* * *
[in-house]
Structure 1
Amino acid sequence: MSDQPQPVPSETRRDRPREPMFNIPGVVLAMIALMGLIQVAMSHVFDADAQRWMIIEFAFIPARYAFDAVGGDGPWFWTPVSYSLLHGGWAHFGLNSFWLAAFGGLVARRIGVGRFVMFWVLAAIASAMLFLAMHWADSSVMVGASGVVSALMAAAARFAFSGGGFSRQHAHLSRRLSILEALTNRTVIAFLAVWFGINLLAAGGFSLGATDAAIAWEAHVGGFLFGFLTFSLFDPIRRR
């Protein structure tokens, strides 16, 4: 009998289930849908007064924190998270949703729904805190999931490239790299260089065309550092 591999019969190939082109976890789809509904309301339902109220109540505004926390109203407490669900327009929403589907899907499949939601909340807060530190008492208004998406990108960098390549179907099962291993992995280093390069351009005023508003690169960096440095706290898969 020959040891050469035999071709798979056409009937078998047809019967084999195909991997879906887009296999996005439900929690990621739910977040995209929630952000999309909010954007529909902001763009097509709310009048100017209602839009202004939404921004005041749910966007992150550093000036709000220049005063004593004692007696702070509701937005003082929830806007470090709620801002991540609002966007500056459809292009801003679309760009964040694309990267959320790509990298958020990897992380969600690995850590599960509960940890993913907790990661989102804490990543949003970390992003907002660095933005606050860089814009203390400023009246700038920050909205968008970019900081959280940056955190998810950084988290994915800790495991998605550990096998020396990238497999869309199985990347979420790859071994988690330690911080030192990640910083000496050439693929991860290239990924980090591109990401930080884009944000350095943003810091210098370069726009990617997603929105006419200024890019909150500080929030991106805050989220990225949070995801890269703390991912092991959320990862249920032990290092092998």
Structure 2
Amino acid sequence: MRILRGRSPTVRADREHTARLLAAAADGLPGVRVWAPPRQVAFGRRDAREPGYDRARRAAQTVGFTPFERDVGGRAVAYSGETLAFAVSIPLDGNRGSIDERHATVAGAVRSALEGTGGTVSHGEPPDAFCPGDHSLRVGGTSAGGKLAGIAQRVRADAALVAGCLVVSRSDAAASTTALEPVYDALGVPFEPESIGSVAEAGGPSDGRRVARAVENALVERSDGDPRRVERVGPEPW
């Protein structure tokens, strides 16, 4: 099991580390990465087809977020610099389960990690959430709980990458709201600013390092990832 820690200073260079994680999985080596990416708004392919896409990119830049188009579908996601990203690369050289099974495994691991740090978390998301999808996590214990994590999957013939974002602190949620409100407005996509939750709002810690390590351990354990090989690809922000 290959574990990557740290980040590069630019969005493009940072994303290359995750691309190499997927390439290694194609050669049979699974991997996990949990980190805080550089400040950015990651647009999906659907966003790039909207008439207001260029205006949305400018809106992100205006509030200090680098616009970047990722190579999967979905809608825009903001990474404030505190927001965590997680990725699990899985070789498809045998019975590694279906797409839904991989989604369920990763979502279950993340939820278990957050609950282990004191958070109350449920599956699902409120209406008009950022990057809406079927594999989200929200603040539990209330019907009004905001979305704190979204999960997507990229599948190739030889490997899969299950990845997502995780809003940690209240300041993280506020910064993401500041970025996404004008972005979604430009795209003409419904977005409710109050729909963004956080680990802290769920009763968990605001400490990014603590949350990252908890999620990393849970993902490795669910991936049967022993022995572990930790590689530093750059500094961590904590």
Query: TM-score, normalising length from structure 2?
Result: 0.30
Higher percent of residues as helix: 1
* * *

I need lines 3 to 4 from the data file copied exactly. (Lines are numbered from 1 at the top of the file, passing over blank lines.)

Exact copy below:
Amino acid sequence: MSDQPQPVPSETRRDRPREPMFNIPGVVLAMIALMGLIQVAMSHVFDADAQRWMIIEFAFIPARYAFDAVGGDGPWFWTPVSYSLLHGGWAHFGLNSFWLAAFGGLVARRIGVGRFVMFWVLAAIASAMLFLAMHWADSSVMVGASGVVSALMAAAARFAFSGGGFSRQHAHLSRRLSILEALTNRTVIAFLAVWFGINLLAAGGFSLGATDAAIAWEAHVGGFLFGFLTFSLFDPIRRR
């Protein structure tokens, strides 16, 4: 009998289930849908007064924190998270949703729904805190999931490239790299260089065309550092 591999019969190939082109976890789809509904309301339902109220109540505004926390109203407490669900327009929403589907899907499949939601909340807060530190008492208004998406990108960098390549179907099962291993992995280093390069351009005023508003690169960096440095706290898969 020959040891050469035999071709798979056409009937078998047809019967084999195909991997879906887009296999996005439900929690990621739910977040995209929630952000999309909010954007529909902001763009097509709310009048100017209602839009202004939404921004005041749910966007992150550093000036709000220049005063004593004692007696702070509701937005003082929830806007470090709620801002991540609002966007500056459809292009801003679309760009964040694309990267959320790509990298958020990897992380969600690995850590599960509960940890993913907790990661989102804490990543949003970390992003907002660095933005606050860089814009203390400023009246700038920050909205968008970019900081959280940056955190998810950084988290994915800790495991998605550990096998020396990238497999869309199985990347979420790859071994988690330690911080030192990640910083000496050439693929991860290239990924980090591109990401930080884009944000350095943003810091210098370069726009990617997603929105006419200024890019909150500080929030991106805050989220990225949070995801890269703390991912092991959320990862249920032990290092092998």